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IPFS News Link • LGBTQ-Gay Rights

Massachusetts House Unanimously Passes Bill to Allow Women to Sell Their Babies...

• By Cassandra MacDonald

The Massachusetts House has unanimously passed a bill that would allow women to sell their babies to the highest bidder.

The bill passed under the guise of LGBTQ rights.

Under the state's current laws, paid and traditional surrogacy is permitted — but for traditional surrogacy, the would-be "parents" must adopt the baby and, therefore, pass a background check. Additionally, at least one of the parents must be related to the infant.

Live Action explains:

However, adoption protects children from abuse due to the regulations that are involved in the process. There is research on the negative outcomes for children who live with non-biologically related parental figures. One study found, "In studies across a wide range of cultures… [t]he single best predictor of child abuse is the presence of a stepparent in the home. In fact, the risk of even unintentional deaths, such as drowning, is greater in stepfamilies than in intact or single-parent families."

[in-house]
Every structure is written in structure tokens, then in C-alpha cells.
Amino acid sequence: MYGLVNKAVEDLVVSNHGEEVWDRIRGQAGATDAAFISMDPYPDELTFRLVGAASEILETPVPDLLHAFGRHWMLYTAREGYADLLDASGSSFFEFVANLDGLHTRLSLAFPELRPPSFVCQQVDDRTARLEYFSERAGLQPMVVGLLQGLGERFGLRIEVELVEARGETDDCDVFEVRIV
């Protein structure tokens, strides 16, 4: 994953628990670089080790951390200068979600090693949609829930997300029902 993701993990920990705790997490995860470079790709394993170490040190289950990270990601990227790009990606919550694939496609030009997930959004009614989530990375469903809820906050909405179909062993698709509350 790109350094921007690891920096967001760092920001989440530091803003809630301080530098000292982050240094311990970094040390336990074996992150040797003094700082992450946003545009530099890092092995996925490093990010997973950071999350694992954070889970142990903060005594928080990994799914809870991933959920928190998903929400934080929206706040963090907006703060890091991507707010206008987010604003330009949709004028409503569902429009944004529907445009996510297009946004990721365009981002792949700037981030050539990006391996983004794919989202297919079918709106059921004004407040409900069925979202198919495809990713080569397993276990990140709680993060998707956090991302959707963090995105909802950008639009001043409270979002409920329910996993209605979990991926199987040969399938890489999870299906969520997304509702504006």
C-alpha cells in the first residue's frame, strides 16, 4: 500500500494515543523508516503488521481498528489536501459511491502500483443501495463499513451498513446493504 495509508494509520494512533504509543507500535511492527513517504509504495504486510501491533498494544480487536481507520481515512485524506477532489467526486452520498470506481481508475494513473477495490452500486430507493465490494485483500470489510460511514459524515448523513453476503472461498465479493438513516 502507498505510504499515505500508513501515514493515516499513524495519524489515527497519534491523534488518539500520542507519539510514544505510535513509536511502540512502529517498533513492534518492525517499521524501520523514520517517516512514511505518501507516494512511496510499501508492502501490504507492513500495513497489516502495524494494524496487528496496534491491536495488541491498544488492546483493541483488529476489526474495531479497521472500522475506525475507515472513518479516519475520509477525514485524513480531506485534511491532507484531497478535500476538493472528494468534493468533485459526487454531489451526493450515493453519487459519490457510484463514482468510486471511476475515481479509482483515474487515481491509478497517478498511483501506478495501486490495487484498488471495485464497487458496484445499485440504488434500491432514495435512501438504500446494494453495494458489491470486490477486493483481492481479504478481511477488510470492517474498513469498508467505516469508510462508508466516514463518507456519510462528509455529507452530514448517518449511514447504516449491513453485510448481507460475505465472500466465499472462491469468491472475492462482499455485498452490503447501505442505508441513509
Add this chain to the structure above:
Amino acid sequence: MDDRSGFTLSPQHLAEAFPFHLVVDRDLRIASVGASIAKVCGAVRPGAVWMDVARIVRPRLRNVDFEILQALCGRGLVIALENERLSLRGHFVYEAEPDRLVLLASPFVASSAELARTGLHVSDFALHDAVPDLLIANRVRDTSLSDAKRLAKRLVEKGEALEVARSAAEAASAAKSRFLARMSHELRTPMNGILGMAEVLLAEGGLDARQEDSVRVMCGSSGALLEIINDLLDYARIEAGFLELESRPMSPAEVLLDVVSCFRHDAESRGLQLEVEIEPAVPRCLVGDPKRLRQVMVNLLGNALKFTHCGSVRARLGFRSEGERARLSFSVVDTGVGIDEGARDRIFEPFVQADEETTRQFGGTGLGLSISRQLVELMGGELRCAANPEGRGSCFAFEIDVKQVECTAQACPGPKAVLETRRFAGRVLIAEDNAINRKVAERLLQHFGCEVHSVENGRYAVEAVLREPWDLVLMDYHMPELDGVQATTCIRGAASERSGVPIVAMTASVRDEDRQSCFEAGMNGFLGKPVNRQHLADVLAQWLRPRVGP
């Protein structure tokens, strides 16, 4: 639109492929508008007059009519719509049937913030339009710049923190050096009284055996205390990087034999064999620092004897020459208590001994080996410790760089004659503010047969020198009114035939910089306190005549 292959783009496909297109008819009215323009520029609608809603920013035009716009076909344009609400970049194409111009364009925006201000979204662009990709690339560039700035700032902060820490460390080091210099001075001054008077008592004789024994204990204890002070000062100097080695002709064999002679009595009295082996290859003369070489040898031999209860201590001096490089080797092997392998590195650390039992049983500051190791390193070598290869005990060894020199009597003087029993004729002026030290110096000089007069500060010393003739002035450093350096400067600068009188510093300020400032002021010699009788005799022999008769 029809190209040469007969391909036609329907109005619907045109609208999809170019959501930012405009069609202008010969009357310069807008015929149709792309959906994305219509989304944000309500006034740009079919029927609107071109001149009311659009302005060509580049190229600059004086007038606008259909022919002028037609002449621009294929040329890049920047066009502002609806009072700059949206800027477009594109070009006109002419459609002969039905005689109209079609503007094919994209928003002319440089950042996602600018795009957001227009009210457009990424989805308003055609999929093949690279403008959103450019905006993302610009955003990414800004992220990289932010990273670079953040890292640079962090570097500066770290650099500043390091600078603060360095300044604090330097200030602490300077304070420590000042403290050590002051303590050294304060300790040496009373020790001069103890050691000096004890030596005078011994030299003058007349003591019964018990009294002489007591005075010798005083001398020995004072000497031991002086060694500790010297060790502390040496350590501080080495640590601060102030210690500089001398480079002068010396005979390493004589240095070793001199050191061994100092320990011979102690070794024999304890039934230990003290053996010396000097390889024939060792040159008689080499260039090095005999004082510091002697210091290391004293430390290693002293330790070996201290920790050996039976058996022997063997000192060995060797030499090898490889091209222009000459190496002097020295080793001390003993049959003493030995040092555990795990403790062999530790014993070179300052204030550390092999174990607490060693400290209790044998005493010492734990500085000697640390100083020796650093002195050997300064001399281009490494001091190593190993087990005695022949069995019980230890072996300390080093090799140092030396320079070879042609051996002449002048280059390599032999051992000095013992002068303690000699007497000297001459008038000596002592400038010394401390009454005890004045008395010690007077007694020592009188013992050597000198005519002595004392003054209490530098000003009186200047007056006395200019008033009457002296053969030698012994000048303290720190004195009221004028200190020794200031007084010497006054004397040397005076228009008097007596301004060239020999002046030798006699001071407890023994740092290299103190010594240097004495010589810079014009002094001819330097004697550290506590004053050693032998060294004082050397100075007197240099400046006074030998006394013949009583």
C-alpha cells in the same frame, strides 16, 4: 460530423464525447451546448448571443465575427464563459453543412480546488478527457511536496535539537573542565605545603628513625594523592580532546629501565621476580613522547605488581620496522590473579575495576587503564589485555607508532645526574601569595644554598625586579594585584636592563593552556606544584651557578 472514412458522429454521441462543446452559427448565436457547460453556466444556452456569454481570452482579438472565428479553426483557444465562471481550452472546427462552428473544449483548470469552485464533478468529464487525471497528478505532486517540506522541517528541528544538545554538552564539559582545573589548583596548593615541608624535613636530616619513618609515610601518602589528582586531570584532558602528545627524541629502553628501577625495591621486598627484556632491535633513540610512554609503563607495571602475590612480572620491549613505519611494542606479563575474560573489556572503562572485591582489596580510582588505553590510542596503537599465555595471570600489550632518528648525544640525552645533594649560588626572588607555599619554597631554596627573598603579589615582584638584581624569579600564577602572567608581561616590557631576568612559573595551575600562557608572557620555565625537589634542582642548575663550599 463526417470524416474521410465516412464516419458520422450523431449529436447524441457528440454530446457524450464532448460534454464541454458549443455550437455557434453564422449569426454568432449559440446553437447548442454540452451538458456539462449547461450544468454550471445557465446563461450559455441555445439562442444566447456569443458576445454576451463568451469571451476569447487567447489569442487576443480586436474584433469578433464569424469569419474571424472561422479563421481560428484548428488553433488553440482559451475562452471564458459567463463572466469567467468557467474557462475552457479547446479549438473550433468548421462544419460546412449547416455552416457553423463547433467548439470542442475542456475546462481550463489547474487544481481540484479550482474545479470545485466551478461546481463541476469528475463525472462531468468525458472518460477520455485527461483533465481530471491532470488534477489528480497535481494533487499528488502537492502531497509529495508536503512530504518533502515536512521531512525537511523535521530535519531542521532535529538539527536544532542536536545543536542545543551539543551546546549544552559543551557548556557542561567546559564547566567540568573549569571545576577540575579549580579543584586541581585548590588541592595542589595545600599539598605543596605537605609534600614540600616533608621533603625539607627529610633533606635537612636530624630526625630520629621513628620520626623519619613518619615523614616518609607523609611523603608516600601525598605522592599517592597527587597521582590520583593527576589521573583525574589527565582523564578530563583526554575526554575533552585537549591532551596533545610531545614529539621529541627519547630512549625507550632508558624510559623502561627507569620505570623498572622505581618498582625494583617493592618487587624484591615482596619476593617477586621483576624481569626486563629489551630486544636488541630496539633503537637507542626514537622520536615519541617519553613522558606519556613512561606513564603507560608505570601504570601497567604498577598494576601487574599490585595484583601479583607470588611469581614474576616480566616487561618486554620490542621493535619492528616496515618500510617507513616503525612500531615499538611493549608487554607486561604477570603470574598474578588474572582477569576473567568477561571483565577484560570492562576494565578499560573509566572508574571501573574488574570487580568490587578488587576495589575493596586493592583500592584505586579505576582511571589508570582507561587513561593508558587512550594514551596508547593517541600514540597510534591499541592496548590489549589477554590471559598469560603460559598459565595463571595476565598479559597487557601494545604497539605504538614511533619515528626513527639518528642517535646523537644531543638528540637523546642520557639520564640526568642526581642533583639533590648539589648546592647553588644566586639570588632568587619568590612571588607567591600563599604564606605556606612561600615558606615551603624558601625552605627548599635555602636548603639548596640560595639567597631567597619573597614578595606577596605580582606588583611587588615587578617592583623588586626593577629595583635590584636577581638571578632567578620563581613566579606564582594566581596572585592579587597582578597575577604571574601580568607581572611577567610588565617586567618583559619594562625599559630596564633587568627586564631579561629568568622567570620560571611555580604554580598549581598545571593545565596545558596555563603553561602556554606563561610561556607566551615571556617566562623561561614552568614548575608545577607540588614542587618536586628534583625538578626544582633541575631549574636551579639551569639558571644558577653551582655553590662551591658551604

Background checks exist in the adoption process to protect children from being placed in dangerous homes.

In a recent case, Adam Stafford King was arrested this year for allegedly planning to sexually abuse the baby boy he and his partner were expecting via surrogate. Background checks that are not required in surrogacy could have stopped Mark Newton and Peter Truong from sexually abusing a boy they paid a Russian woman to carry in 2005. Police believe they wanted to have a child "for the sole purpose of exploitation." The boy's abuse began just days after he was born and video shows Newton abusing him less than two weeks after his birth. The men traveled the world for more than six years, selling the boy for sex with at least eight men, recording the abuse, and uploading the footage to the "Boy Lovers Network."

The bill would also change the description of "parenthood," under the law from being based on biology or adoption to a "person's intent to be a parent of a child."


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